I've just returned from three days in Italy, researching The Man from Pomegranate Street. I wanted to see what the Sabine hills would have been like in mid-September, the time of year when Titus died. I also wanted to see Lake Alba, where Titus's brother Domitian built an imperial villa. Domitian's villa was exactly where the papal palace is now at a town called Castel Gandolfo about ten miles southeast of Rome.
Having booked an EasyJet flight on impulse I set out from home early on the morning of Tuesday 16 September. Lisa Tucci is an Italian-American audioguide producer and blogger. I first met her after I sent an email raving about her wonderful audioguide to ancient Ostia. We subsequently met in London and when I told her I hoped to explore the Sabine Hills, she generously gave up a whole day to organize it.
My flight is on time and when I arrive at Ciampino Airport at 10.30am on Tuesday morning, there she is in her red Honda Civic. Sitting patiently in the back seat is Lisa's dog Trevor, named after Trevi, where she found him. He is so quiet that she often smuggles him on planes in her carry-on luggage!
We set straight off along the Via Salaria, the old salt road which led from the salt fields of Ostia up to the centre of Italy. After ten or fifteen minutes, we stop for a coffee at Il Glicine (Hyacinth) Bar & Osteria in Settebagni. This might have been near the spot where Titus got a fever in September of AD 81. Titus died a few days later - on 13 September AD 81 - at his family's rustic villa near Reate (modern Rieti).
It is a perfect autumn day. Sunny and mild with a few friendly clouds in the blue sky. We are following the route Titus took to get from Rome to his Sabine villa. According to Suetonius, Titus died at first stopping place out of Rome. Nobody knows quite where this was, though it may have been Eretum, where the Via Salaria met the Via Nomentana. Unfortunately, nobody knows where Eretum was either. Never mind. This is good enough. The countryside here is still quite flat, with plane trees lining the road and the blue Sabine hills in the distance up ahead.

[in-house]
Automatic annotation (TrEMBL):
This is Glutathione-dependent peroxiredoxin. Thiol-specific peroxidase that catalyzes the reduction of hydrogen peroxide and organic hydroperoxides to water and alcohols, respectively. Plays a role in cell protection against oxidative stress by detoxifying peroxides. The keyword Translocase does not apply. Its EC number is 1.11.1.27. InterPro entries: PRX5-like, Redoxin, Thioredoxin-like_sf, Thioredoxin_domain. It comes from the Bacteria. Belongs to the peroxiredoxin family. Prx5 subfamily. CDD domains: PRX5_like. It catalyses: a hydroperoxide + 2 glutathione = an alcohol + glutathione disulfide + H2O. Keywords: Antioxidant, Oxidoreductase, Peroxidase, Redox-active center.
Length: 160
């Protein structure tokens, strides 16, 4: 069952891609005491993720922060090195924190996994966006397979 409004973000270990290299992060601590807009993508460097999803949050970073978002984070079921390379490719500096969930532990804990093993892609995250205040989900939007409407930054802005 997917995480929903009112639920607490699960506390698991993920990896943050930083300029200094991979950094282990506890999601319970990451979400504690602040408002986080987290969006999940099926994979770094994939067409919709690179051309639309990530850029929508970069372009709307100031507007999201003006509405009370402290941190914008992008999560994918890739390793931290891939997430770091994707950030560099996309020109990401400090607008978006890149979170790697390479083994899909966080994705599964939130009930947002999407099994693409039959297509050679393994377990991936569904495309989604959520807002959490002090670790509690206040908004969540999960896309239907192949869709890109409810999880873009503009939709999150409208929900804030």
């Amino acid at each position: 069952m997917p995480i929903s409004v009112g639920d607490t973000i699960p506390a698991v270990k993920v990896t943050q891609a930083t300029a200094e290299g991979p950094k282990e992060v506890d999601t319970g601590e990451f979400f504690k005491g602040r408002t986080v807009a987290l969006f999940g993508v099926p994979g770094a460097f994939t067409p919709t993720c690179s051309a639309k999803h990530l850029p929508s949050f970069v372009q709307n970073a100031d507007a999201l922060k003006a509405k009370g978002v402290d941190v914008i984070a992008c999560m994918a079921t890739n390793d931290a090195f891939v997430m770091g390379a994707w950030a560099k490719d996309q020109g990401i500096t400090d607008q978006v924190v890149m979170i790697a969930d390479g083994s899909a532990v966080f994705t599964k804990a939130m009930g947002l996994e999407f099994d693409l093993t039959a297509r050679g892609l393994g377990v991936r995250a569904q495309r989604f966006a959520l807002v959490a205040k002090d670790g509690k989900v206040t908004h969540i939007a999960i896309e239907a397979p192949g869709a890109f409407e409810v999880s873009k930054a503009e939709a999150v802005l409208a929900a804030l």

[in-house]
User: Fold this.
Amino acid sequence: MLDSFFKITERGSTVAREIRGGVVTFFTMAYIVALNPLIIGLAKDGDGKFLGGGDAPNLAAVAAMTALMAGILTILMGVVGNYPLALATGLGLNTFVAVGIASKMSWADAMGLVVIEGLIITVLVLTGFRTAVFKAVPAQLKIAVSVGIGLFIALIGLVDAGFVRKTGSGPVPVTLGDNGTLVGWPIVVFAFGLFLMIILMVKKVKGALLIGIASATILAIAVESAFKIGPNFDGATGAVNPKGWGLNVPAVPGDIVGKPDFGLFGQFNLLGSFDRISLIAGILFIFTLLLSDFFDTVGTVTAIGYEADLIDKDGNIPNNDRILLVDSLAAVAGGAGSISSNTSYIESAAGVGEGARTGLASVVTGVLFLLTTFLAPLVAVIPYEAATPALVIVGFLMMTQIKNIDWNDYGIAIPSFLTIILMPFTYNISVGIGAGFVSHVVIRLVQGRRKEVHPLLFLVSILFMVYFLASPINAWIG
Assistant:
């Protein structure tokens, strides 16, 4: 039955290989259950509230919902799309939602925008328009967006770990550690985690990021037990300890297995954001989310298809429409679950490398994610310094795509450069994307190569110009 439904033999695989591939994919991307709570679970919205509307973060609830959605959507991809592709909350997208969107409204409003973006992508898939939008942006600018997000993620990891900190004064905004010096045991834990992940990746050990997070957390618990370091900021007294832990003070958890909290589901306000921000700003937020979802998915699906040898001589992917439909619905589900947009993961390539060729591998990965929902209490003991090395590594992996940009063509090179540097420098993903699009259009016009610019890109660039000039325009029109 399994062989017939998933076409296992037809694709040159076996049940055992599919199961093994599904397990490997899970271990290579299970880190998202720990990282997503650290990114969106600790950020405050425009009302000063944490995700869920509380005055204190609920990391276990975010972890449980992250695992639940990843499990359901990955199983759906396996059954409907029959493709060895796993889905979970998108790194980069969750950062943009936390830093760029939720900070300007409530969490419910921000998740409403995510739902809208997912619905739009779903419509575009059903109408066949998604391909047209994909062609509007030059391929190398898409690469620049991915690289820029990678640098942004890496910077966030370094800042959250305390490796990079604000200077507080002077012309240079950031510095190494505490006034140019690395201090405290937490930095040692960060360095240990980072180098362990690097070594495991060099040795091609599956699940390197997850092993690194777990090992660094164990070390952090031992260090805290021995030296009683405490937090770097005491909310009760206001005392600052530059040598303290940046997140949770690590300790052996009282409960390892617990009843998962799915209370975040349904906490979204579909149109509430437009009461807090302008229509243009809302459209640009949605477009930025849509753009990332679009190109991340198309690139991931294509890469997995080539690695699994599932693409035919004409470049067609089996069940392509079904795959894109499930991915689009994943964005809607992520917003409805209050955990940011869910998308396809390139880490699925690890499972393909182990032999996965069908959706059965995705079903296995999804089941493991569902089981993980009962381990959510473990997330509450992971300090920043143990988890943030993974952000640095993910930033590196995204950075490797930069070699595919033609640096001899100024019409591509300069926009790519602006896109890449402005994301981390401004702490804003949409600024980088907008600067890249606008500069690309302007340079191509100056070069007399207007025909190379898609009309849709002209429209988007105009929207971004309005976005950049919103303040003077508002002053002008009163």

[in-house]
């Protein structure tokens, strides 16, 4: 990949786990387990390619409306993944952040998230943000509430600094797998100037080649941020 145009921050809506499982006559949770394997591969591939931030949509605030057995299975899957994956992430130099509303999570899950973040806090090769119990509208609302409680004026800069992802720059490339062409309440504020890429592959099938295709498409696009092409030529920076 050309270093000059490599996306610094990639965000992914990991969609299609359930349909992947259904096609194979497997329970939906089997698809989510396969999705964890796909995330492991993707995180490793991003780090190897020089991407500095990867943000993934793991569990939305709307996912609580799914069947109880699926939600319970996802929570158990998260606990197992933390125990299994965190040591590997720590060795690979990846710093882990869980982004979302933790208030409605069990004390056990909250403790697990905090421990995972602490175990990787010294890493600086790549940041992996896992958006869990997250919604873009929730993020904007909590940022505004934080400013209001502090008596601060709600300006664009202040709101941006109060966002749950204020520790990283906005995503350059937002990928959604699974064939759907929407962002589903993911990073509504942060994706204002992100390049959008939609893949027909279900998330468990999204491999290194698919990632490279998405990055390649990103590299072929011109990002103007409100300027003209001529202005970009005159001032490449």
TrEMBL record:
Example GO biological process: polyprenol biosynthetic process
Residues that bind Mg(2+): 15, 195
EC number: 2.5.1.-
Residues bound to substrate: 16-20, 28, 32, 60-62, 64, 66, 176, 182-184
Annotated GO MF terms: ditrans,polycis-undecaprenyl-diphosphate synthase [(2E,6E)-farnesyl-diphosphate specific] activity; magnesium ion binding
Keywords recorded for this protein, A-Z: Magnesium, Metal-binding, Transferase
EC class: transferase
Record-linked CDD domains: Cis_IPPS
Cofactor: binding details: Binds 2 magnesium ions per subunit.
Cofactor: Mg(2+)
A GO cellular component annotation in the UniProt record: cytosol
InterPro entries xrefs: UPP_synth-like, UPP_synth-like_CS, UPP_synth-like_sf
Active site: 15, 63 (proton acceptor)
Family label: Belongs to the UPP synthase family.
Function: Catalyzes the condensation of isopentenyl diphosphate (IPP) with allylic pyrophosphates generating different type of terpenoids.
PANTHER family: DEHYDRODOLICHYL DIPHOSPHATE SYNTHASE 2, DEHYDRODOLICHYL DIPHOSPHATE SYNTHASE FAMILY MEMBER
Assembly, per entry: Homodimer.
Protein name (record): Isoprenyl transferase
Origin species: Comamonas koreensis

As we continue along the Via Salaria, the road begins to climb. We see vineyards and hazelnut trees and my ears pop. Soon we reach Monteleone Sabina, which has impressive remains of a Roman amphitheatre. We briefly investigate these ruins, and let Trevor have a little sniff. Then Lisa points out an old Franciscan monastery on the top of a hill. The monastery has been converted to apartments, and a friend of hers occupies one of them. Claire Nelson is a sculptress who works in bronze and bronze-look resin. An expat British woman, she is going to put us in touch with some guides to the Sabine Hills at a lunchtime meeting. The dusty track to her house leads up through silver-grey olive trees. When we arrive, we are welcomed by some of Claire's dogs. LikeLisa, she can't bear to see an abandoned canine.
Claire greets us and gets in the back seat, next to Trevor, and soon we reach the Sabine town of Poggio Moiano, about 50 km northwest of Rome. The Ristorante Maria Fontana specialises in local seasonal produce. As we enter, we see slices of courgette and of aubergine laid out on tables to dry in the sunshine. This is all part of the preparation. Then the vegetables are brushed with olive oil and grilled. Susan Micocci and her husband Bruno arrive a few minutes after we were seated. Susan is a friend of Claire's and guide of the area. This restaurant was her choice. She is an expat New Yorker who married the delightful Bruno and has been in Italy ever since. She offers cooking courses, hiking tours and culture tours of the region, all in English or Italian. (You can find out more here) below: Bruno and Claire the sculptress with the owner of the restaurant.